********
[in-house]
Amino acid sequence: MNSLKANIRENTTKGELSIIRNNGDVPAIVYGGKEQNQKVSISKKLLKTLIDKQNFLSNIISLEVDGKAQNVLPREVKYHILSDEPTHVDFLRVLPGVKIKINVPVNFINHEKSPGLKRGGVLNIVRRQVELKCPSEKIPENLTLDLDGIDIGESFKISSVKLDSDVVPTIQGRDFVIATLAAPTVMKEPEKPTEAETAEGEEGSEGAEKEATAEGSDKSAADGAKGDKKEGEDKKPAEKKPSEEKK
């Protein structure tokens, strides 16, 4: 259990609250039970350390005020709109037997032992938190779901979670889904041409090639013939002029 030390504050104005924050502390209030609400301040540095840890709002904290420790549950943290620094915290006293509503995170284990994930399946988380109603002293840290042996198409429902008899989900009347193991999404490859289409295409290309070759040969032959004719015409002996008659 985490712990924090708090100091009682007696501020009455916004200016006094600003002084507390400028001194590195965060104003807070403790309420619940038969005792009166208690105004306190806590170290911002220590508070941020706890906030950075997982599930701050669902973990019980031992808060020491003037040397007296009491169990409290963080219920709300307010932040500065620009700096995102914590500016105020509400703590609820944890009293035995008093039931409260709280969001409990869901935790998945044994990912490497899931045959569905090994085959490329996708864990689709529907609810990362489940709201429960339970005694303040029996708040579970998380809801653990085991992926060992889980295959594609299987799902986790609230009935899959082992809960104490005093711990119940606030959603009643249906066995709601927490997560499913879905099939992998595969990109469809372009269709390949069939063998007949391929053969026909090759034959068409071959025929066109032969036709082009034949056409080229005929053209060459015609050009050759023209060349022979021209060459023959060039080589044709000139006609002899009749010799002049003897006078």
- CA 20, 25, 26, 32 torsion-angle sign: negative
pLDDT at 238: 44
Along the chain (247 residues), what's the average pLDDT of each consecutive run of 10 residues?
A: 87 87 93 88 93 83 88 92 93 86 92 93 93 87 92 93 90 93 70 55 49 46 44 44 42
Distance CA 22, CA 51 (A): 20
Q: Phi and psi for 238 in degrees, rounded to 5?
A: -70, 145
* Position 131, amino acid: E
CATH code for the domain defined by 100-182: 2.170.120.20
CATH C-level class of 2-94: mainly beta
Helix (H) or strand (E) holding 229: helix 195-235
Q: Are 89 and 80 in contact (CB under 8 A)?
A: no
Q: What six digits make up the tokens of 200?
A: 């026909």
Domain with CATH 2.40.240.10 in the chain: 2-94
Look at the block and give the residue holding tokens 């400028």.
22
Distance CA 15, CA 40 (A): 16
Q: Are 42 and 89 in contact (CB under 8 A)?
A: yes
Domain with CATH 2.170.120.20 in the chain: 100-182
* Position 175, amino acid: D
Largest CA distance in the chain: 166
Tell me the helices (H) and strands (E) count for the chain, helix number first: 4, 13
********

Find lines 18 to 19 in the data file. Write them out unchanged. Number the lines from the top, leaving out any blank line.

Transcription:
A: 């026909």
Domain with CATH 2.40.240.10 in the chain: 2-94